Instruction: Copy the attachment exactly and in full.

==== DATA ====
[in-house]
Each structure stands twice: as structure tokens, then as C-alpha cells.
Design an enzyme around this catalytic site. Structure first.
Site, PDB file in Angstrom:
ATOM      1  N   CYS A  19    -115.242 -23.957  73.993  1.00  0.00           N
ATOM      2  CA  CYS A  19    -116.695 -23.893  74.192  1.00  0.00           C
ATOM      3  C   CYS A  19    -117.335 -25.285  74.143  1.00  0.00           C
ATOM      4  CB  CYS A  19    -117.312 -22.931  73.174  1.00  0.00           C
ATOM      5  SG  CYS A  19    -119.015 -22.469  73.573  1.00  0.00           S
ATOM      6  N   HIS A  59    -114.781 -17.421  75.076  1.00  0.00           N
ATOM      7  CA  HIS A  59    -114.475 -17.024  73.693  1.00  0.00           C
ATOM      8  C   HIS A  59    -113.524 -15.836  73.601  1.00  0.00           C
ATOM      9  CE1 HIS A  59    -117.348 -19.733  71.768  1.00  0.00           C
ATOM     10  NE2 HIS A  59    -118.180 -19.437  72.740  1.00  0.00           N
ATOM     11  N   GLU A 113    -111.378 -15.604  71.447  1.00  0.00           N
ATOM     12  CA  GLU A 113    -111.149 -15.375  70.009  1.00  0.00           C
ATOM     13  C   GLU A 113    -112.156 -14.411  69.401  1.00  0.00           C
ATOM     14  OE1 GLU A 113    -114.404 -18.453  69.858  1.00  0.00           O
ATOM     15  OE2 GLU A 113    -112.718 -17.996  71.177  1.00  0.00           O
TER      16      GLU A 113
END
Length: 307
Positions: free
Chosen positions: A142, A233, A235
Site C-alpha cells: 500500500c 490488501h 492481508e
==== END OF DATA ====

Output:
[in-house]
Each structure stands twice: as structure tokens, then as C-alpha cells.
Design an enzyme around this catalytic site. Structure first.
Site, PDB file in Angstrom:
ATOM      1  N   CYS A  19    -115.242 -23.957  73.993  1.00  0.00           N
ATOM      2  CA  CYS A  19    -116.695 -23.893  74.192  1.00  0.00           C
ATOM      3  C   CYS A  19    -117.335 -25.285  74.143  1.00  0.00           C
ATOM      4  CB  CYS A  19    -117.312 -22.931  73.174  1.00  0.00           C
ATOM      5  SG  CYS A  19    -119.015 -22.469  73.573  1.00  0.00           S
ATOM      6  N   HIS A  59    -114.781 -17.421  75.076  1.00  0.00           N
ATOM      7  CA  HIS A  59    -114.475 -17.024  73.693  1.00  0.00           C
ATOM      8  C   HIS A  59    -113.524 -15.836  73.601  1.00  0.00           C
ATOM      9  CE1 HIS A  59    -117.348 -19.733  71.768  1.00  0.00           C
ATOM     10  NE2 HIS A  59    -118.180 -19.437  72.740  1.00  0.00           N
ATOM     11  N   GLU A 113    -111.378 -15.604  71.447  1.00  0.00           N
ATOM     12  CA  GLU A 113    -111.149 -15.375  70.009  1.00  0.00           C
ATOM     13  C   GLU A 113    -112.156 -14.411  69.401  1.00  0.00           C
ATOM     14  OE1 GLU A 113    -114.404 -18.453  69.858  1.00  0.00           O
ATOM     15  OE2 GLU A 113    -112.718 -17.996  71.177  1.00  0.00           O
TER      16      GLU A 113
END
Length: 307
Positions: free
Chosen positions: A142, A233, A235
Site C-alpha cells: 500500500c 490488501h 492481508e